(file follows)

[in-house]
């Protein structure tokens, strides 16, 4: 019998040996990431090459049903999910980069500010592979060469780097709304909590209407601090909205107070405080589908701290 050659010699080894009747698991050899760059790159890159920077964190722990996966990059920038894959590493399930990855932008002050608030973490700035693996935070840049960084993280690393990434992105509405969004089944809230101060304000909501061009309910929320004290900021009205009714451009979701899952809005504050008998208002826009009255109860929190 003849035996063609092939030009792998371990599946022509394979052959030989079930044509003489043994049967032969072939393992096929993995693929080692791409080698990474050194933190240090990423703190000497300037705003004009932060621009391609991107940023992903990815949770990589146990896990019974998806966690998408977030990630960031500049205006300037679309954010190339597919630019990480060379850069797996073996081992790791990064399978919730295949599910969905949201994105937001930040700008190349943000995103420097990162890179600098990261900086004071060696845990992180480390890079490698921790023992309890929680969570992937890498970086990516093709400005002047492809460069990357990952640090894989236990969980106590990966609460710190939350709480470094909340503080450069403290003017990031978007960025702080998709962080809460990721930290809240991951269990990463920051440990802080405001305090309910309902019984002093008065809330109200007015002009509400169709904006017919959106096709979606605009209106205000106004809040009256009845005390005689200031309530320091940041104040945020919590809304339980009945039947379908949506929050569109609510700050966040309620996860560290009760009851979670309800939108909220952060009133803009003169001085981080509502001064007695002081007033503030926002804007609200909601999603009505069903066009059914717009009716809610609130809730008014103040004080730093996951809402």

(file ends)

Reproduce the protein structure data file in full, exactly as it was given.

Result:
[in-house]
């Protein structure tokens, strides 16, 4: 019998040996990431090459049903999910980069500010592979060469780097709304909590209407601090909205107070405080589908701290 050659010699080894009747698991050899760059790159890159920077964190722990996966990059920038894959590493399930990855932008002050608030973490700035693996935070840049960084993280690393990434992105509405969004089944809230101060304000909501061009309910929320004290900021009205009714451009979701899952809005504050008998208002826009009255109860929190 003849035996063609092939030009792998371990599946022509394979052959030989079930044509003489043994049967032969072939393992096929993995693929080692791409080698990474050194933190240090990423703190000497300037705003004009932060621009391609991107940023992903990815949770990589146990896990019974998806966690998408977030990630960031500049205006300037679309954010190339597919630019990480060379850069797996073996081992790791990064399978919730295949599910969905949201994105937001930040700008190349943000995103420097990162890179600098990261900086004071060696845990992180480390890079490698921790023992309890929680969570992937890498970086990516093709400005002047492809460069990357990952640090894989236990969980106590990966609460710190939350709480470094909340503080450069403290003017990031978007960025702080998709962080809460990721930290809240991951269990990463920051440990802080405001305090309910309902019984002093008065809330109200007015002009509400169709904006017919959106096709979606605009209106205000106004809040009256009845005390005689200031309530320091940041104040945020919590809304339980009945039947379908949506929050569109609510700050966040309620996860560290009760009851979670309800939108909220952060009133803009003169001085981080509502001064007695002081007033503030926002804007609200909601999603009505069903066009059914717009009716809610609130809730008014103040004080730093996951809402």